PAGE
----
Jump to content
PhilK

Converting Pencil or Pen Curves into Brush curves

Recommended Posts

Hello,

My wife and I are new to Affinity Designer, so please bear with me as I certainly haven't learned the "correct" terminology, or the names of the menu items, their locations or their options!

Some background:  We are attempting to take my wife's pencil and paper drawings and convert them into closed-shapes in Fusion 360 (an Autodesk CAD program).  Those shapes will then be extruded into bodies and used to "engrave" or develop 3D models that can be either 3D printed or more recently CNC carved into wood.

We purchased Designer, because it can export into SVG, which Fusion will accept (but not always very elegantly!).

We've done some test drawings, and if I draw with the pencil, pen or ellipse tool, I only get a single line in the SVG when imported into Fusion (what I would call a pure path, and NOT a stroke--but that may be terminology from other programs).

After several experiments, it appears that the best workflow is to scan the paper image into PNG, do a bit of cleanup/brightness/contrast modification in a photo editor, and then bring the resulting cleaner PNG into Designer as a reference layer.

We then tried tracing out the main features from the drawing using an Apple Pencil on an iPad Pro, and can only get reasonbly good results using the pencil or the pen.  Unfortunately, when these are imported into fusion, they can't be extruded or used as cut bodies, as they are a single line, and not a closed path-as-if-it were a line.  (I hope that makes some sense!).

I'd really like to find a clean workflow that isn't too time consuming.  My wife is a traditional fine artist, so working on the iPad for her is a challenge.  I'm an engineer and certainly no artist!

Is there an easy way to convert the pencil/pen paths into brush strokes on iPad?  I saw that a similar question to this was answsered on the Windows forum, but it's solution doesn't seem to work on iPad.  

I've tried a LOT of different software packages to make this a reasonable process, but haven't found one yet (I don't have Adobe Illustrator, which might be a way, but I was hoping Designer would be a better solution)--things I've played with: Photoshop, Inkscape, various environments in Fusion 360.

I'd even take a completely better workflow if someone has already solved this in a different way.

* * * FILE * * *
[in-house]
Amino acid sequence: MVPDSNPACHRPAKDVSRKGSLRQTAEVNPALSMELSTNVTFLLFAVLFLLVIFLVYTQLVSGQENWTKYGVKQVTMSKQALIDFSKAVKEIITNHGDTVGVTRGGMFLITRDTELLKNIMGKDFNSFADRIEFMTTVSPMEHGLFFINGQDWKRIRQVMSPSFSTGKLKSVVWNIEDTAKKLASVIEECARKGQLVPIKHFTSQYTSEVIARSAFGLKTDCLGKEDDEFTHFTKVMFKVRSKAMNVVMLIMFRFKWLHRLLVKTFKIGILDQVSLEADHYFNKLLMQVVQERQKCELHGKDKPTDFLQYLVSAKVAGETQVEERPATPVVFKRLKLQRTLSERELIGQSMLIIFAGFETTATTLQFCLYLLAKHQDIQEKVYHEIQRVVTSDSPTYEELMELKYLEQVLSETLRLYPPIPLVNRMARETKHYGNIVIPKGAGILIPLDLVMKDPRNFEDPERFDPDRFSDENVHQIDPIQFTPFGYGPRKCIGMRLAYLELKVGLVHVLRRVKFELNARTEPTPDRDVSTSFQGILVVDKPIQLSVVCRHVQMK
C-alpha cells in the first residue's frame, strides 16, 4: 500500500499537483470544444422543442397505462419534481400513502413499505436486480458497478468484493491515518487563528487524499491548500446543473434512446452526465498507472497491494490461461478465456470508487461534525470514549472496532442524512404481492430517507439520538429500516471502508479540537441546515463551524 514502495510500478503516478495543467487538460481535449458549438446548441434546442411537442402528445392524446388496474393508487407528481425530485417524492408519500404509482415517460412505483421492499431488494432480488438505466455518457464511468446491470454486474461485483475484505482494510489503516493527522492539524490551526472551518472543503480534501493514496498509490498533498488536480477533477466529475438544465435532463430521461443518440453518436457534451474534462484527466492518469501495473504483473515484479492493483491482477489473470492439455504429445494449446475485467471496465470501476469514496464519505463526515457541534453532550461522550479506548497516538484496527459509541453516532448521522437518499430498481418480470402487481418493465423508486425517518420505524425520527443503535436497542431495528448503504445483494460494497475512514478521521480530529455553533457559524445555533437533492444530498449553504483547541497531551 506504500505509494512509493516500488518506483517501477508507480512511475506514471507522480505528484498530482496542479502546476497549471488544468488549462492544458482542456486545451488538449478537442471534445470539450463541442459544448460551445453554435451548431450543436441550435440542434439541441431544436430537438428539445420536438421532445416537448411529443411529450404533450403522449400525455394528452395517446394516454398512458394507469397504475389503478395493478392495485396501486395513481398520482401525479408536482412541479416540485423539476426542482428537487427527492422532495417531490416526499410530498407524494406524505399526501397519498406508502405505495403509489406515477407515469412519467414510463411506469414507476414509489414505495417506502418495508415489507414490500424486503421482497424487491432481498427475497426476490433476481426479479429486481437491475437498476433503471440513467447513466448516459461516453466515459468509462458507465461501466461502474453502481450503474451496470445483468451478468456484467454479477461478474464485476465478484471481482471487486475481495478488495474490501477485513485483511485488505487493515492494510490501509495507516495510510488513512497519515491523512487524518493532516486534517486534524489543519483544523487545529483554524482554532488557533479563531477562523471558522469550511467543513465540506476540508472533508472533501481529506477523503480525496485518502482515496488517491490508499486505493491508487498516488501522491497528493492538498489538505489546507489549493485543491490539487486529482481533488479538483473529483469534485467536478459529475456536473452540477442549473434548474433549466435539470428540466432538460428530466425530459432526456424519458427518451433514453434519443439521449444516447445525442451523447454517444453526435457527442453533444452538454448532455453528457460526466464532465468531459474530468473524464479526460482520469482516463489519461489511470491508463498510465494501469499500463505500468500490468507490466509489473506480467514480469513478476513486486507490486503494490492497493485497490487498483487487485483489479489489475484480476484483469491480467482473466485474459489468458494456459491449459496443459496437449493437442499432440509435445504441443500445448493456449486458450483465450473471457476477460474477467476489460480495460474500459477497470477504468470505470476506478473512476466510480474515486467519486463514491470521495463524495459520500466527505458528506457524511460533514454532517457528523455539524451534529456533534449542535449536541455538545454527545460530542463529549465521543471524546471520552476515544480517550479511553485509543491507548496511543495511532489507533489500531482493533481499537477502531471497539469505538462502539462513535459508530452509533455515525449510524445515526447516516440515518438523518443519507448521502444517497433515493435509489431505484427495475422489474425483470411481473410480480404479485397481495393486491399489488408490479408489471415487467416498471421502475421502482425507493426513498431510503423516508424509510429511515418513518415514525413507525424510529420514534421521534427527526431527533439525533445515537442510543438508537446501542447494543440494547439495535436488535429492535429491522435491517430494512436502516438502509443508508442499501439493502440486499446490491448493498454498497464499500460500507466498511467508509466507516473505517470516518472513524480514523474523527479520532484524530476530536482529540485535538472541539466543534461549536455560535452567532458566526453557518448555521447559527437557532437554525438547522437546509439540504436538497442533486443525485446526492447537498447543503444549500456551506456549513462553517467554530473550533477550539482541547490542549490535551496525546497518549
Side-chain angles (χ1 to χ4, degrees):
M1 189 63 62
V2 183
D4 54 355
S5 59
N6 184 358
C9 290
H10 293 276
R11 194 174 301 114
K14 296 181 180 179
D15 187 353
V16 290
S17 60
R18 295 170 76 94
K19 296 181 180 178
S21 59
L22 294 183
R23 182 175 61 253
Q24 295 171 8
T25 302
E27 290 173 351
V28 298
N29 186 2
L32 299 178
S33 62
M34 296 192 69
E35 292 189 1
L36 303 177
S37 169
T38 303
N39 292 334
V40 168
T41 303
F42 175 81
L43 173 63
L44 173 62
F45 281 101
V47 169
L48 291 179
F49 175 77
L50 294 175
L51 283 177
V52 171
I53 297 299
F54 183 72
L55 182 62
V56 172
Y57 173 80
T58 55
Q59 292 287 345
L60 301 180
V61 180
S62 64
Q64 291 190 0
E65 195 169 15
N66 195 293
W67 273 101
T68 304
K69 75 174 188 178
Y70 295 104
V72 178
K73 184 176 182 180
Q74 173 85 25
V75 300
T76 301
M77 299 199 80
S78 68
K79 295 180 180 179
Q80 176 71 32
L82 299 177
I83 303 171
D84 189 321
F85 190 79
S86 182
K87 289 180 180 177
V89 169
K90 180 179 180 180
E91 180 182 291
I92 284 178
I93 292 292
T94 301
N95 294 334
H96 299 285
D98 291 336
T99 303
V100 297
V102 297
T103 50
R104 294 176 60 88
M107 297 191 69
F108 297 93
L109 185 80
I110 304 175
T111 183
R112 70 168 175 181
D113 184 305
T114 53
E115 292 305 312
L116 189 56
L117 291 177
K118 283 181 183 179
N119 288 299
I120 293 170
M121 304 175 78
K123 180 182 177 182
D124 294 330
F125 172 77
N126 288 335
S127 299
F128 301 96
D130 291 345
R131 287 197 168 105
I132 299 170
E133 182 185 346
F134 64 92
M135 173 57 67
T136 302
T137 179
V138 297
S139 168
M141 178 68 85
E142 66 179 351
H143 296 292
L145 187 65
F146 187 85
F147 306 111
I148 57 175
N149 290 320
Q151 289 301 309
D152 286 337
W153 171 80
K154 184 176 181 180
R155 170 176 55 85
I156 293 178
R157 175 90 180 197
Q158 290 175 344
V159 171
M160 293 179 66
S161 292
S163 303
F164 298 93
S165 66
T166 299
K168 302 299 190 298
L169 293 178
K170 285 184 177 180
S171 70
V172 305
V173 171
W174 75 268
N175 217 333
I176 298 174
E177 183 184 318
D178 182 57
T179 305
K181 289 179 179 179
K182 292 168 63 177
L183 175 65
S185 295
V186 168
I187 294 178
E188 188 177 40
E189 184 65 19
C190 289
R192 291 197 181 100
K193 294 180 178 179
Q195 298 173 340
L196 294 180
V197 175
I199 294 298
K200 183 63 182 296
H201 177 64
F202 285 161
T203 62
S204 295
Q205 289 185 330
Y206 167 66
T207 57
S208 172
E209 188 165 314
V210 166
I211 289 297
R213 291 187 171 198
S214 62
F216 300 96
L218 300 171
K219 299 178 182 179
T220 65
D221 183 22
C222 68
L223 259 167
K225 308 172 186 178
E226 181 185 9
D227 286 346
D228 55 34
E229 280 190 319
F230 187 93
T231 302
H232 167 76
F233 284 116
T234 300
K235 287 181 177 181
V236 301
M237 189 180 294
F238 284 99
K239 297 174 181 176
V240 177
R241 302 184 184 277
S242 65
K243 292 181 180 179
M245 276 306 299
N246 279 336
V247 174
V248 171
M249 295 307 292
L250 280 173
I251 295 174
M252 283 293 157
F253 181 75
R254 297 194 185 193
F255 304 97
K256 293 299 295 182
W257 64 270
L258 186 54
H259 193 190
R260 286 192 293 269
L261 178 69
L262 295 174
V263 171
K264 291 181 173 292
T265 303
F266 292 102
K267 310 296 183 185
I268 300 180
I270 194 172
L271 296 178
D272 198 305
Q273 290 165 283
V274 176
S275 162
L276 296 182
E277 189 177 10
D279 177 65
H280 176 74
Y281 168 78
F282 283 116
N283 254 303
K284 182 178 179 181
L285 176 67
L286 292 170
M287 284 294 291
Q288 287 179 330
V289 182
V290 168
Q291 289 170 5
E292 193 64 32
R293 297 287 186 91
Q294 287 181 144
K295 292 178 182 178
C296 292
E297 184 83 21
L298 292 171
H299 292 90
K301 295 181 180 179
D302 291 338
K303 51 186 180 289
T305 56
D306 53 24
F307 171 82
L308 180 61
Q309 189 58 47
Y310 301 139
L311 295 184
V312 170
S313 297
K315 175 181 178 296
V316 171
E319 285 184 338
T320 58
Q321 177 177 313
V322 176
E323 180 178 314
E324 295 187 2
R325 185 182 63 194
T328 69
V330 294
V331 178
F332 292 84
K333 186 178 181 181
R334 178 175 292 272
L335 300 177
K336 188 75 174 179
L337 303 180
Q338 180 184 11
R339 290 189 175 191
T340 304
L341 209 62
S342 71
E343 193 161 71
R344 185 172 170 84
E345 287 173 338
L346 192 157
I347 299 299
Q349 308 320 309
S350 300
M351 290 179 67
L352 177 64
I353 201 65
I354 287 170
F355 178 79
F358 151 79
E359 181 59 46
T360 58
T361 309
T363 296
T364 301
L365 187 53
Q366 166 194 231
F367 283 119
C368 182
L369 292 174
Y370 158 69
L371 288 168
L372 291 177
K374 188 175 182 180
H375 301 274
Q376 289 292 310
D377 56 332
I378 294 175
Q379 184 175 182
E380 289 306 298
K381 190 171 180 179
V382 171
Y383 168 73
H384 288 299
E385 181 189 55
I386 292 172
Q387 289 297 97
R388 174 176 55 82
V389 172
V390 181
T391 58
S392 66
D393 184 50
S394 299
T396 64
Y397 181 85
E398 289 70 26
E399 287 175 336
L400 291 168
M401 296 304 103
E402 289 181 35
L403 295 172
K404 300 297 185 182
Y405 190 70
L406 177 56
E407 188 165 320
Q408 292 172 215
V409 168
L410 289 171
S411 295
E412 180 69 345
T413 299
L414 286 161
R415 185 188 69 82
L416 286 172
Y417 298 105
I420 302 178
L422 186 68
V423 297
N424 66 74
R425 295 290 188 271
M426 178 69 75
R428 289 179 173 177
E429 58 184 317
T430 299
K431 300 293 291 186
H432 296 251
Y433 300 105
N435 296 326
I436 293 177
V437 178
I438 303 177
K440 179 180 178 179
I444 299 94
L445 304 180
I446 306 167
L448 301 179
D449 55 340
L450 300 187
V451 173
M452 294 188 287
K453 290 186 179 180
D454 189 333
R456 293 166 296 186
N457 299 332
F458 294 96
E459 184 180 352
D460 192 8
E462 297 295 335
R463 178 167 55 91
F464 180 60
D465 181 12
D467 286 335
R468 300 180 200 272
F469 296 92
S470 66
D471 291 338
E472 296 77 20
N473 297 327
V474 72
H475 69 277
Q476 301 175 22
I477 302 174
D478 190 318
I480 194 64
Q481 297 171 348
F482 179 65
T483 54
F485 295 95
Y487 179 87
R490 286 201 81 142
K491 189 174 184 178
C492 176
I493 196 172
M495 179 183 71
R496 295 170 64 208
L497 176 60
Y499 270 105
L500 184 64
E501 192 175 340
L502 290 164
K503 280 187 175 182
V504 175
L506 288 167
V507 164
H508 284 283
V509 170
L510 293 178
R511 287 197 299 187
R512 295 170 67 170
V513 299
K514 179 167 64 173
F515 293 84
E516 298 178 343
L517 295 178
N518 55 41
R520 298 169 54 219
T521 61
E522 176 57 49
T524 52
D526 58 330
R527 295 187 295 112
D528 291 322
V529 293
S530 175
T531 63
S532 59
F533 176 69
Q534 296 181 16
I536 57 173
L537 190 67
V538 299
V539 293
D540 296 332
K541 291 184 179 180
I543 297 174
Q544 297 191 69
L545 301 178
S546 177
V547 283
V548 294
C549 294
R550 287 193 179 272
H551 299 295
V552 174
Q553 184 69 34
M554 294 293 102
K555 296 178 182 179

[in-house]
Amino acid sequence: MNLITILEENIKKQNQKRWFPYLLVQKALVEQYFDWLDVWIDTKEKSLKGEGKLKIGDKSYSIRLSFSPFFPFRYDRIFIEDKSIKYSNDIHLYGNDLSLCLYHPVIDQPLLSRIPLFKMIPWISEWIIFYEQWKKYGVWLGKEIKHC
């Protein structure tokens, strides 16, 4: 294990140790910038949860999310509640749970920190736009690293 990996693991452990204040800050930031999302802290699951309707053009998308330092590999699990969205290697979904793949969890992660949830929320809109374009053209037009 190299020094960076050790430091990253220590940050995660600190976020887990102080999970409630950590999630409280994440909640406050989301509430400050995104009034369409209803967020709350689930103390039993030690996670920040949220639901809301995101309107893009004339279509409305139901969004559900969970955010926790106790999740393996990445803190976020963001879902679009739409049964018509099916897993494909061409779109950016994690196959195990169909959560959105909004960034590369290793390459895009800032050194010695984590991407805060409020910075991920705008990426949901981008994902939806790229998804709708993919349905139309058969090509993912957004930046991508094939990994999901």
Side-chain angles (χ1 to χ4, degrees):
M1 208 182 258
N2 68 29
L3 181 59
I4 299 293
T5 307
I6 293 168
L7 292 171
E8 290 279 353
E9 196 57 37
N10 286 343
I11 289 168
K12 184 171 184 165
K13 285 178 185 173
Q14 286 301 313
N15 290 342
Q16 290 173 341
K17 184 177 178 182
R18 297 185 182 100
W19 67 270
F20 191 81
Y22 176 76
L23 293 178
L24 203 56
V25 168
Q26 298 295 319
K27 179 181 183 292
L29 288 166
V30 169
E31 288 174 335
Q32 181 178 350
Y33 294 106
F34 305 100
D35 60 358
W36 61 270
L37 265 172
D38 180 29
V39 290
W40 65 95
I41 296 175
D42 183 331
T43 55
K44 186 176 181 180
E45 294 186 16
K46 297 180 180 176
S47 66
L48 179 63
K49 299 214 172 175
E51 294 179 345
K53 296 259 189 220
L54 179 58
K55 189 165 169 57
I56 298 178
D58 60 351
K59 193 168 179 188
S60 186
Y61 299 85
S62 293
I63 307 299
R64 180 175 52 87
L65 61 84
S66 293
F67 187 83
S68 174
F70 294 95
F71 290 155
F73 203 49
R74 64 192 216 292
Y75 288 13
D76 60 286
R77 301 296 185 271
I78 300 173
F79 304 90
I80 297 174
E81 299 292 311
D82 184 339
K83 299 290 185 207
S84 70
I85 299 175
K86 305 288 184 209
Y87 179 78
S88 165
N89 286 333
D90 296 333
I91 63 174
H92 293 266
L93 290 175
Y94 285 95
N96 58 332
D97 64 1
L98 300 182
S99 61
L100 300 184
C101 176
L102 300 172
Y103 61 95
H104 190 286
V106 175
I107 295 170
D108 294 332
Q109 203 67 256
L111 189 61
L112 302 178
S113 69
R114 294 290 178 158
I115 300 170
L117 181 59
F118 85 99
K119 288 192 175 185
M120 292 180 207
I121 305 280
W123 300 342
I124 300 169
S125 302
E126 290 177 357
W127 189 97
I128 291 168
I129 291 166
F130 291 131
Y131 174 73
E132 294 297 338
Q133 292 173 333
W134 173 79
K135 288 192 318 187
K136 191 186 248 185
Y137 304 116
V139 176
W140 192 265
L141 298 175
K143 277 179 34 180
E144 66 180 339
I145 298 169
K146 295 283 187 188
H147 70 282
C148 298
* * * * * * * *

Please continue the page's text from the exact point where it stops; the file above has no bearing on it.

Thanks!

--

Phil

Share this post


Link to post
Share on other sites

First of all, Inkscape would have been totally able to do this, I used it to make silhouettes later on 3D carved (and/or embossed) in dices (I just use Blender, not Autodesk Fusion 360, but same stuff), and those been produced both as a prototype, 3D printed, and also the prototype, passed to mold injection.

But is not rare to use a tool and not find the "sweet way with it". I just want to mention that is already doable with inkscape, and also with Affinity Designer. Just to provide you with the certainty that it is indeed doable. Of course, I do absolutely everything desktop based, never using a tablet as most software is a bit toy-like compared to what you get in a desktop. Affinity is a bit of an exception to the rule, though. I don't understand the absolute requirement to do this on the iPad, while it is clearly an advanced task, much more flexible to be done in a Windows PC (or even a mac). I mean, almost anyone has access to a PC or mac machine (specially if being an owner of an iPad, as is kind of a luxury/gadget).

You might want to use Inkscape autotrace feature, and then  edit/clean the result. The enhanced contrast of the bitmap, PNG file, is good for getting it to the autotrace thing, as it'll need less settings tune-up, but not really needed if you trace it manually. Which is what I'd do, as anyway, autrace+ cleaning afterwards takes overall surely more time. I can tell you that this is totally possible with both Inkscape and Designer. So, my bet is that you are getting stuck at some point and we don't know which it is... But if is only the "not being a closed path, but a line" once in Fusion, yep, as mentioned, you need to "expand stroke", and then "add" to join all the layers-strokes into one. Then export the SVG. The features should be in the iPad version ( I don't use ipads).


Affinity Designer and Affinity Photo licenses, Windows 7, i7  860 (2009) 2.8 GHz,  8 GB RAM, GTX 1050 2 GB, HD 7200 RPM.  Wacom Intuos 4 XL.

Share this post


Link to post
Share on other sites

Is this what you are trying to do?


IPad Pro 10.5/512GB lpadOS 13.1.1  Affinity Photo 1.7.3.155 Affinity Design 1.7.3.1 Publisher for iPad ?

Share this post


Link to post
Share on other sites
16 hours ago, summersara said:

Hi

I think you might need to expand the stroke and then the Boolean operation ‘Add’. Something like this tutorial Blob brush alternative for Affinity Designer it’s for the desktop but the Expand stroke and Geometry are under Edit on the iPad.

 @summersara  YES!  That's EXACTLY what I needed.  It did indeed work as expected when I pulled it into Fusion.  Thanks so much for the pointer!